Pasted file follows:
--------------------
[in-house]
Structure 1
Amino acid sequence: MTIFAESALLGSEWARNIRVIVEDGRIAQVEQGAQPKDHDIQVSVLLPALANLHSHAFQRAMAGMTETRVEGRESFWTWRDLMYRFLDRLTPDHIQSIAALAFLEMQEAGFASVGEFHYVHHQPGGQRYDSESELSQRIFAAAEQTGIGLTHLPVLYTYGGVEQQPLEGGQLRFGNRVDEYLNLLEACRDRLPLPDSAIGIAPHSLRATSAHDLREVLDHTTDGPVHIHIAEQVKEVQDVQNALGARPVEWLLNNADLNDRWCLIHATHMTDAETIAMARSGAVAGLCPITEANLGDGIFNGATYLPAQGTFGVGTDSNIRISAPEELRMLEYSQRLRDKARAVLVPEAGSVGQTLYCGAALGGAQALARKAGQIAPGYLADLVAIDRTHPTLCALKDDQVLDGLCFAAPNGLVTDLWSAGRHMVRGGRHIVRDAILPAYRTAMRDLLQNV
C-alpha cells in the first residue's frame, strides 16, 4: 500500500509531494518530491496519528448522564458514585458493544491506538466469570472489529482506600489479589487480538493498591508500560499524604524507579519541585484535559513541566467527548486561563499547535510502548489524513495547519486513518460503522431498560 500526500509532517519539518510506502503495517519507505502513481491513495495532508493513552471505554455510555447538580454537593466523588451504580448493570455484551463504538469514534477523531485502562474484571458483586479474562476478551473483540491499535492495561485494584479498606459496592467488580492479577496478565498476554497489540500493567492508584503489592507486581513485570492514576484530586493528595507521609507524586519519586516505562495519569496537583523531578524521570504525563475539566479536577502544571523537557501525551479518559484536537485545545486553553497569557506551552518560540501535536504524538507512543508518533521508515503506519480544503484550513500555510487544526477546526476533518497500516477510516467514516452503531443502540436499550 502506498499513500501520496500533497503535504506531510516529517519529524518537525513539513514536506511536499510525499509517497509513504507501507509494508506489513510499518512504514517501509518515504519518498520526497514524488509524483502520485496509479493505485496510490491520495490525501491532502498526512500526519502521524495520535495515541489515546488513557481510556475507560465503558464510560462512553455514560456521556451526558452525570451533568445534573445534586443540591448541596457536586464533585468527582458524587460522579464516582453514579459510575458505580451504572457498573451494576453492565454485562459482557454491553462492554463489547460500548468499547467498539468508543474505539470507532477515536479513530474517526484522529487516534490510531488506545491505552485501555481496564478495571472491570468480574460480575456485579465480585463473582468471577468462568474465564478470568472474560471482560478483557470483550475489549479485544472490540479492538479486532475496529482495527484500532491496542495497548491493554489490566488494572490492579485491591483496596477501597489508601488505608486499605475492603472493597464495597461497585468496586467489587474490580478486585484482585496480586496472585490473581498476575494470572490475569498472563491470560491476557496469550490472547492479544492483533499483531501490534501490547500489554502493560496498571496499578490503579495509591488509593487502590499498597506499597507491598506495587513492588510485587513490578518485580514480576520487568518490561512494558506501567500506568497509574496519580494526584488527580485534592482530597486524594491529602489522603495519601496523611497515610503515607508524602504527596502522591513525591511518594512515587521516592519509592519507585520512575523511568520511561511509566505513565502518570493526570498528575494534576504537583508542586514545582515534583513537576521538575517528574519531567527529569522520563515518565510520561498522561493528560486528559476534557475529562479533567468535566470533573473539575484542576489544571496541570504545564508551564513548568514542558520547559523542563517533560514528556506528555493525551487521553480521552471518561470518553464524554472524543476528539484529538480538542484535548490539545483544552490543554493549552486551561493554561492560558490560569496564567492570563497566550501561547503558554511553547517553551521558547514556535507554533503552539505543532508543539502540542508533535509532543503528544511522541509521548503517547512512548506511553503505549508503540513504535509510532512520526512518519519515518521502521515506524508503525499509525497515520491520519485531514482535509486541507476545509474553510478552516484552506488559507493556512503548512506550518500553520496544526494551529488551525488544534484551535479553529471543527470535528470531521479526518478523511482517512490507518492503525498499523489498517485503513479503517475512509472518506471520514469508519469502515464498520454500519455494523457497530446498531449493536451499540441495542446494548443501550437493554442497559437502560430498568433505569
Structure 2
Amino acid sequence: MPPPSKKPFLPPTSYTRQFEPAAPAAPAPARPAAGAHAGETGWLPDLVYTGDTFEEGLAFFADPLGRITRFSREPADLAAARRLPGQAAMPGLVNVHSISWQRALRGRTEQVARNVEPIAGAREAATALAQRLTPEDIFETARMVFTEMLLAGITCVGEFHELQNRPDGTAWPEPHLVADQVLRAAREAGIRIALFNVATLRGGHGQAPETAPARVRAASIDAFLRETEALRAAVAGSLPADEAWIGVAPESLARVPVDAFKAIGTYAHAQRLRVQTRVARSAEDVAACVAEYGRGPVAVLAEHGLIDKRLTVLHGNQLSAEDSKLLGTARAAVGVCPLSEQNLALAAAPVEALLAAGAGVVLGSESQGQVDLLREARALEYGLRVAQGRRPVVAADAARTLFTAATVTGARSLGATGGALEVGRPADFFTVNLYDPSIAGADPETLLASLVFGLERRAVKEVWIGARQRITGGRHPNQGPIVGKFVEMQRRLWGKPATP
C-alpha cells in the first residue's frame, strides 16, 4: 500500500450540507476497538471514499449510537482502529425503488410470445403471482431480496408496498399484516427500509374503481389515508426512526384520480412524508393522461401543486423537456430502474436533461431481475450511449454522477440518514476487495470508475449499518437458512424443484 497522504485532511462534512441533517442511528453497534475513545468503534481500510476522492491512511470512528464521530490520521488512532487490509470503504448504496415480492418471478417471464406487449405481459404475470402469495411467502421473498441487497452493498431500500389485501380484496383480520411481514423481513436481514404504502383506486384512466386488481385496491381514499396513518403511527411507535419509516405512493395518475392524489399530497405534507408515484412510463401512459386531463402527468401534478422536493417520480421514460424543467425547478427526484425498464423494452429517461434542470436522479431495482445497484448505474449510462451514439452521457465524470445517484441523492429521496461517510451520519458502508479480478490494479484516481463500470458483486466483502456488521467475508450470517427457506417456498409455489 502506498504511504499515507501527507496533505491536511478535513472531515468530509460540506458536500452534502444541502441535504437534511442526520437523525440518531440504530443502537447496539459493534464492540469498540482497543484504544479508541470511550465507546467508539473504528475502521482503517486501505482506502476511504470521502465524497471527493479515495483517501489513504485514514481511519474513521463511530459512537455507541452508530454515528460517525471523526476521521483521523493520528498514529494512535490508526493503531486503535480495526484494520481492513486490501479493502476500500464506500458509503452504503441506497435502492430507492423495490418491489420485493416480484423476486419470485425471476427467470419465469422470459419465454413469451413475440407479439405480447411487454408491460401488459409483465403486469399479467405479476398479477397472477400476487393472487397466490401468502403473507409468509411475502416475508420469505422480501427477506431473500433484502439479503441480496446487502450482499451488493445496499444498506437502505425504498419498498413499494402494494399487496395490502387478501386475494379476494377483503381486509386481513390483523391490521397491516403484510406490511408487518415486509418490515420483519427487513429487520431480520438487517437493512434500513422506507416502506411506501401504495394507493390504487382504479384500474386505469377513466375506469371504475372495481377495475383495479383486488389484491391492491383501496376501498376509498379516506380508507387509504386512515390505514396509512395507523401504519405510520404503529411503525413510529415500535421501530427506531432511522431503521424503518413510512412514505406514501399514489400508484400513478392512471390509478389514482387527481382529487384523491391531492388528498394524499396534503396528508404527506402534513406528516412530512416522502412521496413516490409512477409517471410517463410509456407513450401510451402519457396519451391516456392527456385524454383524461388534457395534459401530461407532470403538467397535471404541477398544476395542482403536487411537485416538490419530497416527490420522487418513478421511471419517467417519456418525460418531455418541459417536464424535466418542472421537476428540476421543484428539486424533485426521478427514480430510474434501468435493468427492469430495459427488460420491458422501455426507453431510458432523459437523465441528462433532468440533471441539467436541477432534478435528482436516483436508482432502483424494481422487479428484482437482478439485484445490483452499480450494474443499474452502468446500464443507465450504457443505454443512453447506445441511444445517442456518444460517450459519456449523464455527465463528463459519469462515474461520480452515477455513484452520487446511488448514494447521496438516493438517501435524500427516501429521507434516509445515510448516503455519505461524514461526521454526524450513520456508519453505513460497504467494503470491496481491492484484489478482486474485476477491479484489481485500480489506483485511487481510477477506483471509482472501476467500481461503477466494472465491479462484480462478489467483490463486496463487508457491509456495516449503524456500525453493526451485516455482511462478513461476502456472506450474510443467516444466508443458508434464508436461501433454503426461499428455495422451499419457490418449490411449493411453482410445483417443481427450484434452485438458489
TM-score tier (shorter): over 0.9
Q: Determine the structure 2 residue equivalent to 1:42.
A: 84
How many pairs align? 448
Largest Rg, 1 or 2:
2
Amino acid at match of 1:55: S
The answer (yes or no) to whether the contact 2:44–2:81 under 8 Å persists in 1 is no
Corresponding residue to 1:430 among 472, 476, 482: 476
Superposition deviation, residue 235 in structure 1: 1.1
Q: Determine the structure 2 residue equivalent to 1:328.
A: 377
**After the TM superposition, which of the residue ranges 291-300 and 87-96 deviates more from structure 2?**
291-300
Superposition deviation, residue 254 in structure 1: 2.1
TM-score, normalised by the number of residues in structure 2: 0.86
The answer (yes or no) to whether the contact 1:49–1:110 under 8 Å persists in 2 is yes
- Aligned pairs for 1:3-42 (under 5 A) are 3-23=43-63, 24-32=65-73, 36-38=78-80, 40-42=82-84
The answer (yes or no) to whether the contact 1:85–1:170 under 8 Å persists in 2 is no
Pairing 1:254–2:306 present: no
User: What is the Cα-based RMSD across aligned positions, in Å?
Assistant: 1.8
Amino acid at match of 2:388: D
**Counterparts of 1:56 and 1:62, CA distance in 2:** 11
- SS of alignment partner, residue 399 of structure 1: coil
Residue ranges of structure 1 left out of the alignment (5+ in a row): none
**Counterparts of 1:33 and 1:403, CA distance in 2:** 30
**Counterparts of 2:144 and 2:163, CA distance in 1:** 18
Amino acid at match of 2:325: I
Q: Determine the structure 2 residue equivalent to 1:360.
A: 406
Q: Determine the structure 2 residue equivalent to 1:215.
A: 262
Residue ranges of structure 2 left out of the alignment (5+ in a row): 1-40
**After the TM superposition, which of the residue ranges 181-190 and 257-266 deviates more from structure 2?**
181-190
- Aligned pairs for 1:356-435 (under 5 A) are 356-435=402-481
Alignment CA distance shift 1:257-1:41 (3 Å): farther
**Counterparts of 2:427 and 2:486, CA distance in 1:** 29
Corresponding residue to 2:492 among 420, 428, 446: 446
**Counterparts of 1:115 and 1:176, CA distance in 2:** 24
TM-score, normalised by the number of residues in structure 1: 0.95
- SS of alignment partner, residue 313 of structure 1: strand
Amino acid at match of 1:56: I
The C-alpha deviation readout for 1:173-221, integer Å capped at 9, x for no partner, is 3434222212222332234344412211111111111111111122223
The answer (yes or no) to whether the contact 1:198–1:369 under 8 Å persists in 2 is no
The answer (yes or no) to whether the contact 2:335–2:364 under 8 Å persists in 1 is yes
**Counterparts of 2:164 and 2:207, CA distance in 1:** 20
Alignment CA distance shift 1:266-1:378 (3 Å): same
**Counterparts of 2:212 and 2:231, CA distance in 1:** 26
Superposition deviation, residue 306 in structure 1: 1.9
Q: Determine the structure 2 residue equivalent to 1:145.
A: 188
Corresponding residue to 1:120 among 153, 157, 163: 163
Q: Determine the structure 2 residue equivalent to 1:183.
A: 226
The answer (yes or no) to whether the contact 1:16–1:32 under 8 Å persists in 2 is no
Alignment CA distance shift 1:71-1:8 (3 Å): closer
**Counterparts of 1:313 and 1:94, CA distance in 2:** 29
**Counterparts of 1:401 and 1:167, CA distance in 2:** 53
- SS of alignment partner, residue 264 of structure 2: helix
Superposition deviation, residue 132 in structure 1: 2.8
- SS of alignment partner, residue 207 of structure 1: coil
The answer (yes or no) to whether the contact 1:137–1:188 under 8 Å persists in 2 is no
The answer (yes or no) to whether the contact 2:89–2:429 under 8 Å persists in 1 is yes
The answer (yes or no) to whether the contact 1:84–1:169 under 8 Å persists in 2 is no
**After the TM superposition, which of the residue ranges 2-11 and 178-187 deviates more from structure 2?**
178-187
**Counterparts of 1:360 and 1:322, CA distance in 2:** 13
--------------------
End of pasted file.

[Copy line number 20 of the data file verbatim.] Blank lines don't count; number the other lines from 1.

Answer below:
**After the TM superposition, which of the residue ranges 291-300 and 87-96 deviates more from structure 2?**